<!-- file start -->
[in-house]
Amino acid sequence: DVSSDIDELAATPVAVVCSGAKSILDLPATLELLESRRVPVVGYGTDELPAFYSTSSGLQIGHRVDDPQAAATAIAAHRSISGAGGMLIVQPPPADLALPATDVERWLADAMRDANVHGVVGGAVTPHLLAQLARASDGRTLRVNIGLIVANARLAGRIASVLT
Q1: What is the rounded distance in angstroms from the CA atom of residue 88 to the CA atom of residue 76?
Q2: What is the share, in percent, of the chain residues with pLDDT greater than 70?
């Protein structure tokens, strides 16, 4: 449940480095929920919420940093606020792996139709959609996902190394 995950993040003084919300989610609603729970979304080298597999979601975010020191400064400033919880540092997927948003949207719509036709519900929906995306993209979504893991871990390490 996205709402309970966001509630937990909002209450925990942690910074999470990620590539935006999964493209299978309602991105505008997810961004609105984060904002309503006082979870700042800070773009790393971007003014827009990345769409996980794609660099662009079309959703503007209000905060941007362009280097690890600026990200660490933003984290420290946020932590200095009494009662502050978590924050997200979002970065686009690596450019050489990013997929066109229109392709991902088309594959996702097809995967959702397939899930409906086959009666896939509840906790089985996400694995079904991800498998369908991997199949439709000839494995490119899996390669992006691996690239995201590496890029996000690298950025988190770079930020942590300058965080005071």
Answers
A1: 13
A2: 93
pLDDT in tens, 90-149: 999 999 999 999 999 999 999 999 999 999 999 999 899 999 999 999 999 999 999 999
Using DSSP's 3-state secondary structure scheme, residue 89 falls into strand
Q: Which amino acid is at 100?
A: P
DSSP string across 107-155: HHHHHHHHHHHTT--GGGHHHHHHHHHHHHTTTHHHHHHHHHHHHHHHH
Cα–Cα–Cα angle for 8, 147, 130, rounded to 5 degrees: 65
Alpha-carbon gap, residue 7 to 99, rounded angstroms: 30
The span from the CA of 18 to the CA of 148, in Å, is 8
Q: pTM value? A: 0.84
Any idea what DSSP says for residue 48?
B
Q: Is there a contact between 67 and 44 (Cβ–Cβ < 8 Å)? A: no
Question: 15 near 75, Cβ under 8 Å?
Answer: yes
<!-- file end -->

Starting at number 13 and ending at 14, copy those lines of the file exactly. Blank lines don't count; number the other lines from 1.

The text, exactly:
DSSP string across 107-155: HHHHHHHHHHHTT--GGGHHHHHHHHHHHHTTTHHHHHHHHHHHHHHHH
Cα–Cα–Cα angle for 8, 147, 130, rounded to 5 degrees: 65